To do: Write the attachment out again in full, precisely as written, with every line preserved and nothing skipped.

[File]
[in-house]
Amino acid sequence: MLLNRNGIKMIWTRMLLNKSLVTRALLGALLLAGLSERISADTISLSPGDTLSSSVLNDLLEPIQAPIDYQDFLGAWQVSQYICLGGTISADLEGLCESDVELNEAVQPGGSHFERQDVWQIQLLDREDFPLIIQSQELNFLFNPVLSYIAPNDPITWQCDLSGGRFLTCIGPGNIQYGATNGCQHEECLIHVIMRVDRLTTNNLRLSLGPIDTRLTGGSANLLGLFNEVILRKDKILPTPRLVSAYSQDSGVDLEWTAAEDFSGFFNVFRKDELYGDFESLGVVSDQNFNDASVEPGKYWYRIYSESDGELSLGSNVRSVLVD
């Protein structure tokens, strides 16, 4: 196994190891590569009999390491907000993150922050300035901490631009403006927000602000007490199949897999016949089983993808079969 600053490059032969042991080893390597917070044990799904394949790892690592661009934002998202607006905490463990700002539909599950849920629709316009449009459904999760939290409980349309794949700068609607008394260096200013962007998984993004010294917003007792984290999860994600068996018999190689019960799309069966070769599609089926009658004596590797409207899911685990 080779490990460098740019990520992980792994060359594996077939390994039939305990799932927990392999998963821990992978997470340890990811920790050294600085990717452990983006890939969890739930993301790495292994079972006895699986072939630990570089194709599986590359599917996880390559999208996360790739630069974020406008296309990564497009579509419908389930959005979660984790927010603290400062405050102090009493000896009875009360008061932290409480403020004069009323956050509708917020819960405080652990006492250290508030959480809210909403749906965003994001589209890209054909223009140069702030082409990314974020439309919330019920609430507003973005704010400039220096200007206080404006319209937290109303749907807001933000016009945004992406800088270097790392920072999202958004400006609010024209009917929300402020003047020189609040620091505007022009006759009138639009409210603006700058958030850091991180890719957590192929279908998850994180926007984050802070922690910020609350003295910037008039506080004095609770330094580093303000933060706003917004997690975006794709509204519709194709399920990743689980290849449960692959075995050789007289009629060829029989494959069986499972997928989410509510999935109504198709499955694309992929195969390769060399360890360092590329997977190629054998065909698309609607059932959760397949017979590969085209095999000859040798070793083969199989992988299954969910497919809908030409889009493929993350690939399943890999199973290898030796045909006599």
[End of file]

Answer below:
[in-house]
Amino acid sequence: MLLNRNGIKMIWTRMLLNKSLVTRALLGALLLAGLSERISADTISLSPGDTLSSSVLNDLLEPIQAPIDYQDFLGAWQVSQYICLGGTISADLEGLCESDVELNEAVQPGGSHFERQDVWQIQLLDREDFPLIIQSQELNFLFNPVLSYIAPNDPITWQCDLSGGRFLTCIGPGNIQYGATNGCQHEECLIHVIMRVDRLTTNNLRLSLGPIDTRLTGGSANLLGLFNEVILRKDKILPTPRLVSAYSQDSGVDLEWTAAEDFSGFFNVFRKDELYGDFESLGVVSDQNFNDASVEPGKYWYRIYSESDGELSLGSNVRSVLVD
């Protein structure tokens, strides 16, 4: 196994190891590569009999390491907000993150922050300035901490631009403006927000602000007490199949897999016949089983993808079969 600053490059032969042991080893390597917070044990799904394949790892690592661009934002998202607006905490463990700002539909599950849920629709316009449009459904999760939290409980349309794949700068609607008394260096200013962007998984993004010294917003007792984290999860994600068996018999190689019960799309069966070769599609089926009658004596590797409207899911685990 080779490990460098740019990520992980792994060359594996077939390994039939305990799932927990392999998963821990992978997470340890990811920790050294600085990717452990983006890939969890739930993301790495292994079972006895699986072939630990570089194709599986590359599917996880390559999208996360790739630069974020406008296309990564497009579509419908389930959005979660984790927010603290400062405050102090009493000896009875009360008061932290409480403020004069009323956050509708917020819960405080652990006492250290508030959480809210909403749906965003994001589209890209054909223009140069702030082409990314974020439309919330019920609430507003973005704010400039220096200007206080404006319209937290109303749907807001933000016009945004992406800088270097790392920072999202958004400006609010024209009917929300402020003047020189609040620091505007022009006759009138639009409210603006700058958030850091991180890719957590192929279908998850994180926007984050802070922690910020609350003295910037008039506080004095609770330094580093303000933060706003917004997690975006794709509204519709194709399920990743689980290849449960692959075995050789007289009629060829029989494959069986499972997928989410509510999935109504198709499955694309992929195969390769060399360890360092590329997977190629054998065909698309609607059932959760397949017979590969085209095999000859040798070793083969199989992988299954969910497919809908030409889009493929993350690939399943890999199973290898030796045909006599």